After 45 years of focus, good fortune, and challenge, I’m heartened—and more than a little surprised!—to find I have sustained myself and my family solely through works of hand via clay, wood, metal, and digital media. I lacked trust fund, employment, financial capital, and mission plan—but I had a sense I would work as long and as hard as necessary to succeed.
I was determined to honor my obsession as a Maker.
That my plan to make a living from clay was foolish never occurred to me! My exasperated wife, Mary Lou, said as she left, “Dan, you don’t know when to quit.”
I began this adventure in 1971—age 25. Now, at 72, my determination to share my idealistic attitudes with minds of similar bent has become an obsession.
The time has come to transfer experience and accumulated potential to benefit others.
I intend to intelligently re-purpose 4 decades of Maine Kiln Works infrastructure to create unique experiential learning opportunities.
My plan to establish a non-profit, hands-on educational facility is specifically intended to empower a new generation of Artisans to work with both hands & minds, despite enormous cultural and economic disincentives.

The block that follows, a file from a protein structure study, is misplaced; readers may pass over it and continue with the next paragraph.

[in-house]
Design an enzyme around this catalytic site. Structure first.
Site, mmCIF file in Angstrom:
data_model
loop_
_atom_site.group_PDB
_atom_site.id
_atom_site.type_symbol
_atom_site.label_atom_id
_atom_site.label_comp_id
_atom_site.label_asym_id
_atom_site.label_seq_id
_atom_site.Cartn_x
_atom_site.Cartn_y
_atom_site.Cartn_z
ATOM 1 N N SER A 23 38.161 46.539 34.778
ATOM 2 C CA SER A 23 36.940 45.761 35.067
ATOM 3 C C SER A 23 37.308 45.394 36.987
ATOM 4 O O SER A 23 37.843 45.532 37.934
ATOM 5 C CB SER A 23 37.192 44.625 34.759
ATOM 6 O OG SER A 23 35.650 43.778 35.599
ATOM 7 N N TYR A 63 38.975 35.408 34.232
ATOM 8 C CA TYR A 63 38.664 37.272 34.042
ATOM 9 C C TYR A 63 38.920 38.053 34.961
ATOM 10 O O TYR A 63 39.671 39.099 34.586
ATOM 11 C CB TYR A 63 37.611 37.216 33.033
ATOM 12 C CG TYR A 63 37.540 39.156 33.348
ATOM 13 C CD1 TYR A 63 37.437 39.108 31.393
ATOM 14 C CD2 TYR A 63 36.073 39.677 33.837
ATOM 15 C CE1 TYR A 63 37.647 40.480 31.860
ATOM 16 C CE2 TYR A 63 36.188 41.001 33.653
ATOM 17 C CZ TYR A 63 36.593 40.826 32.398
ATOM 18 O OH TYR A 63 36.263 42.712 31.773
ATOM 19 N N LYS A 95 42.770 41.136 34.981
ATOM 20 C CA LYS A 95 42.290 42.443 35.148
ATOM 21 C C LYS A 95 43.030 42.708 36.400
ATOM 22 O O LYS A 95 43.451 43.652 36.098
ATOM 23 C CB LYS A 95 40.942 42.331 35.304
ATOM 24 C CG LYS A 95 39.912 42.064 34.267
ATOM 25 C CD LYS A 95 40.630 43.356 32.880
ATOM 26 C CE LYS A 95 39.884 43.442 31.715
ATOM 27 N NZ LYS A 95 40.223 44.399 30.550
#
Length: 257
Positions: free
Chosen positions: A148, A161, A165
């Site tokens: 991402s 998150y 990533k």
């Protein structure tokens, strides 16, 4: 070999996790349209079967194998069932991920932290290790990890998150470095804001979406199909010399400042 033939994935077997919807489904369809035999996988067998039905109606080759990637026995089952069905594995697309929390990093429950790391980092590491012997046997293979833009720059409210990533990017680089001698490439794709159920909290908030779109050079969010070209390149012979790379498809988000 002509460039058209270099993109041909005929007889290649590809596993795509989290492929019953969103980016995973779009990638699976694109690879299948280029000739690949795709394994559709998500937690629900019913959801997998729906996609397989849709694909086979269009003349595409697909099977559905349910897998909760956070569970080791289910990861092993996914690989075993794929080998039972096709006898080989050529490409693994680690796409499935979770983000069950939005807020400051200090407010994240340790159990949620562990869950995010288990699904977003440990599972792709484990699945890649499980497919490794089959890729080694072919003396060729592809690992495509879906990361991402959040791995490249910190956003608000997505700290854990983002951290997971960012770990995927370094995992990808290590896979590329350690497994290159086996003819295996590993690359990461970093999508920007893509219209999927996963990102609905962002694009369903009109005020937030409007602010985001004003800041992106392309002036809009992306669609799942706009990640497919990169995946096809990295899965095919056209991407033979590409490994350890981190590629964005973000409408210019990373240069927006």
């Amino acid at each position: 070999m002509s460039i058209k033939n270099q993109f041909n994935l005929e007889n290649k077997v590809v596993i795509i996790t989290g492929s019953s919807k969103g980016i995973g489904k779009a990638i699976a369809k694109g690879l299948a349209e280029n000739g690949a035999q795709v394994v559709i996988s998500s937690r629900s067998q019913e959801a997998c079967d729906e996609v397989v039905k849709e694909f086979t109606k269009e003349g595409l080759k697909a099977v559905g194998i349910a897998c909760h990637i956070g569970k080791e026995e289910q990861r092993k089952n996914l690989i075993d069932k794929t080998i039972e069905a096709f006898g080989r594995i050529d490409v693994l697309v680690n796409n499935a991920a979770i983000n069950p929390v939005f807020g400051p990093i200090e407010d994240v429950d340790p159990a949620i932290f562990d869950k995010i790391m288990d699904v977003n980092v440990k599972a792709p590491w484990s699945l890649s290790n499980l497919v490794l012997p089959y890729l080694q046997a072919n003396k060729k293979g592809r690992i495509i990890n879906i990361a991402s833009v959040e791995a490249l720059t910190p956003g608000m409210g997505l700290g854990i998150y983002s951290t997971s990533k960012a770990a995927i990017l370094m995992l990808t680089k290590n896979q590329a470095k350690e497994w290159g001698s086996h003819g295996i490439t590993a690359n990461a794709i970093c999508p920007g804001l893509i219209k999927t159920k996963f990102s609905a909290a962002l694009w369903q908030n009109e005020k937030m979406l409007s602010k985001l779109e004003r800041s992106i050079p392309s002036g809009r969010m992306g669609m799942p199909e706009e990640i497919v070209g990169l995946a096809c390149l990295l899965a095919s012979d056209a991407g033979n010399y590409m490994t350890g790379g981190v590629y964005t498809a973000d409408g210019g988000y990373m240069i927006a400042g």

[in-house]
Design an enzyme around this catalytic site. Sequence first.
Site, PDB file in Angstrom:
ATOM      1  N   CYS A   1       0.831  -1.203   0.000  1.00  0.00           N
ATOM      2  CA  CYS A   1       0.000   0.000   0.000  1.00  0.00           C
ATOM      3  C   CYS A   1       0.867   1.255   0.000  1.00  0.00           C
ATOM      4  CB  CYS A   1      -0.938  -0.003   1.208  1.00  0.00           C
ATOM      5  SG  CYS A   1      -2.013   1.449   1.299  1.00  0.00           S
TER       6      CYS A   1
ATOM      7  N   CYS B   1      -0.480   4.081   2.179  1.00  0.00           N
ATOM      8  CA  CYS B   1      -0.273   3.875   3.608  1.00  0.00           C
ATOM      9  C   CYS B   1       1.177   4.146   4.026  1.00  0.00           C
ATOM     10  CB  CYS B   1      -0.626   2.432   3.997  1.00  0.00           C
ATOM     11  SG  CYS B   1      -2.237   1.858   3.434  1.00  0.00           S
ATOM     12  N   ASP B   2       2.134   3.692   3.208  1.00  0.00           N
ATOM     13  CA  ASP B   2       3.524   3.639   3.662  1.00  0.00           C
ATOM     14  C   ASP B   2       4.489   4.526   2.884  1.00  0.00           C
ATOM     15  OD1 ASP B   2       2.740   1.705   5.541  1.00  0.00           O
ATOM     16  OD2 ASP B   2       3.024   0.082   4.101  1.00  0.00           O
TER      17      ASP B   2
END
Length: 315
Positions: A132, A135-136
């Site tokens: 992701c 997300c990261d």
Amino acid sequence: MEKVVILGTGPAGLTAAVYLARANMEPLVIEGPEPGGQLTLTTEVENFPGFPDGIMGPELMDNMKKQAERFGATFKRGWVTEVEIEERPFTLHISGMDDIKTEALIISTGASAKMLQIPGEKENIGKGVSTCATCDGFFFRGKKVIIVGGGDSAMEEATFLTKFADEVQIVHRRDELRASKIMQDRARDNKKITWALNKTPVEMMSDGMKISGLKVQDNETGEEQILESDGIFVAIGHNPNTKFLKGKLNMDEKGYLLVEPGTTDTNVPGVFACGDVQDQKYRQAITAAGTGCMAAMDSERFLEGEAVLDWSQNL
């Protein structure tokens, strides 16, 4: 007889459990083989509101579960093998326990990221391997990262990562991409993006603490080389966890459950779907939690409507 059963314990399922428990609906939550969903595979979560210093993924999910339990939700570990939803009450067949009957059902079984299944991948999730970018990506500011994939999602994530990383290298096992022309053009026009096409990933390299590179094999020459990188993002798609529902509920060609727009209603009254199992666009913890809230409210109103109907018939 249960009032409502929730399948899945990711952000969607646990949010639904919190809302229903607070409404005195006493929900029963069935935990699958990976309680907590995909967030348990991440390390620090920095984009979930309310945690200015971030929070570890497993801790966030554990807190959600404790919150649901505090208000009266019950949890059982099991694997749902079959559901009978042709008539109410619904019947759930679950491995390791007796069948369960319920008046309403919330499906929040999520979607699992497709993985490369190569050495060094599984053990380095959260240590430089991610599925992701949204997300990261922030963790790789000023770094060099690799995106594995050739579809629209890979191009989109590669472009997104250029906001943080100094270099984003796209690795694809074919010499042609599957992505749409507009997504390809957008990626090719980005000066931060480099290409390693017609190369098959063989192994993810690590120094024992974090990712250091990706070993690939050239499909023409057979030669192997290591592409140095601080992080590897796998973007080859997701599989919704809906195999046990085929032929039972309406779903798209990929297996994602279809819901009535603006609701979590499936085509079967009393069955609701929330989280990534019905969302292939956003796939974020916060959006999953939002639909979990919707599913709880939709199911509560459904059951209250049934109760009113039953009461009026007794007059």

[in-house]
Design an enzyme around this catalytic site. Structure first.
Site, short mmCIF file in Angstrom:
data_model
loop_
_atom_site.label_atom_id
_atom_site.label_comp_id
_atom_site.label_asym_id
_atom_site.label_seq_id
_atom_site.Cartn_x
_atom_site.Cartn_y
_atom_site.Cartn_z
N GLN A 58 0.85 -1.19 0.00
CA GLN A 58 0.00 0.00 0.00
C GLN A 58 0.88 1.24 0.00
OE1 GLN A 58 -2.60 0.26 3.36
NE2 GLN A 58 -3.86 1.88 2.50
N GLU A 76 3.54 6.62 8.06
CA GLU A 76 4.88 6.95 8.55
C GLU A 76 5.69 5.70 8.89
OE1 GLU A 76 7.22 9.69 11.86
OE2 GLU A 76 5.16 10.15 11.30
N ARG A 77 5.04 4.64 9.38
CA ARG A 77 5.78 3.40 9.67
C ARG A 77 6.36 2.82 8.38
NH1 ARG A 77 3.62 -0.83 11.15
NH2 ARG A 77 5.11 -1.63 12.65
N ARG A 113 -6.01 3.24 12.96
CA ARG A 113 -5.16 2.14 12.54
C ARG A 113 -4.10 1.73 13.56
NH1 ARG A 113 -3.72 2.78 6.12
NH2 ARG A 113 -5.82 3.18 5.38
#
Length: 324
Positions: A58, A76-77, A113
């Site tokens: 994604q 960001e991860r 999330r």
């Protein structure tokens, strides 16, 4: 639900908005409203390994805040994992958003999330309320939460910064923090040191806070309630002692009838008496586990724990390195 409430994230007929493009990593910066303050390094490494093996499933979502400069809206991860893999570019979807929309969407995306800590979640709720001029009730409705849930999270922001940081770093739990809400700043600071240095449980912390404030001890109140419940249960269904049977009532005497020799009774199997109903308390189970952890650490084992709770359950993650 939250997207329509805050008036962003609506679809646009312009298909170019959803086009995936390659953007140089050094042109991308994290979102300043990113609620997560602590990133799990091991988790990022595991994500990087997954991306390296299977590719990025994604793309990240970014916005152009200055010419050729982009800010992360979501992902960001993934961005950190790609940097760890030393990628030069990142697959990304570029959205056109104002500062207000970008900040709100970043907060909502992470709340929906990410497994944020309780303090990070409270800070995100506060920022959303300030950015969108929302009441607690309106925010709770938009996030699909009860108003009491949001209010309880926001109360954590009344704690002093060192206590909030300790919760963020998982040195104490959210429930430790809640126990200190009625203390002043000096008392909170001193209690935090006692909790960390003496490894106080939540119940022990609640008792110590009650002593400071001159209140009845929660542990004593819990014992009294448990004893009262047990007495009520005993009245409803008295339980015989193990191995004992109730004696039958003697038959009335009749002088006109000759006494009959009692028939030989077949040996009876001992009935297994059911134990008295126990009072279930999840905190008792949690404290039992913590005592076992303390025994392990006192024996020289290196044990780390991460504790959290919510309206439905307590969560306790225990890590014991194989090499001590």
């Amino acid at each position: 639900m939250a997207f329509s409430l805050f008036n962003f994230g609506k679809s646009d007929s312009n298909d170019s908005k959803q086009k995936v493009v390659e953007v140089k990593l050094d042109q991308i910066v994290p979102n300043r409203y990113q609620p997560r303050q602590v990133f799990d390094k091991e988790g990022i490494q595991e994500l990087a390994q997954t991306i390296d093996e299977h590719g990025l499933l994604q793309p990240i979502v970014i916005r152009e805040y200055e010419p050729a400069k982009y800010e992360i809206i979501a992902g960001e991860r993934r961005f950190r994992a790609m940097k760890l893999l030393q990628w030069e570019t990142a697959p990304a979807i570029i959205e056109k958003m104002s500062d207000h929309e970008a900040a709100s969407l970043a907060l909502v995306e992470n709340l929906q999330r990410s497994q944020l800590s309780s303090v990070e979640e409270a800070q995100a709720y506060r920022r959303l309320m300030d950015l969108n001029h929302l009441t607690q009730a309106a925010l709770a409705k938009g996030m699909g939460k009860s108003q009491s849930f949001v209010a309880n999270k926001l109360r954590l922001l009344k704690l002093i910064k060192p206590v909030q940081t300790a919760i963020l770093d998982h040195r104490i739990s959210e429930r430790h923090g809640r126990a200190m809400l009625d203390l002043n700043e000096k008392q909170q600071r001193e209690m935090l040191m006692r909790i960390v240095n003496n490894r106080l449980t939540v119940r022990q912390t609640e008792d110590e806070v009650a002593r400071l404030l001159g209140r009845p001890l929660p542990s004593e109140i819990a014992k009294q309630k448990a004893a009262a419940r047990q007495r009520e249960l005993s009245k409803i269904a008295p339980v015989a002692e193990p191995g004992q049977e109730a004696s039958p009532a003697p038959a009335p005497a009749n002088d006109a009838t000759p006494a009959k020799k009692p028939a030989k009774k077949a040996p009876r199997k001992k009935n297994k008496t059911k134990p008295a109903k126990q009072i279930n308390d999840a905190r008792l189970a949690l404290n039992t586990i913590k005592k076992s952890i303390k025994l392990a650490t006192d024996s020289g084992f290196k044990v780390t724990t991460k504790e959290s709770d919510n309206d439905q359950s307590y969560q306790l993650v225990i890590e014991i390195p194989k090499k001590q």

The success of this transformation will hinge on the skillful tenacity of myself, my partner daughter Joanna, and the generous help and encouragement of our community of supporters, who value and look forward to participating in the success of this new enterprise.
We invite you to consider joining our effort (if you’re enthusiastic, motivated, and have a complementary skill set). Please visit our Partners page for more detail.
Our metamorphose is a carefully planned work-in-progress, to which, I dedicate the remainder of my life.
My deep trust—that unconventional endeavors complement and leaven the conventional—fuels this transformation.
Reorganization will progress as our resource base develops and will unfailingly honor the wisdom and encouragement and full-tilt examples of Kurt Hahn, Lance Lee, Jon Wilson, and numberless un-recognized defenders of true compassion—the root of common sense.
“I mention six decays, which surround and influence us all, young and old: There is the decline of fitness due to the modern methods of locomotion. There is the decline of skill and care due to the weakened tradition of craftsmanship. There is the decline of initiative due to the widespread disease of spectatoritis. There is the decline of self-discipline due to the ever-present availability of tranquilizers and stimulants. There is a decline of memory and imagination due to the confused restlessness of modern life. There is the decline––worst of all––of compassion, which William Temple called ‘spiritual death.’” — Kurt Hahn
“The world breaks everyone and afterwards, some are strong at the broken places”
— Ernest Hemingway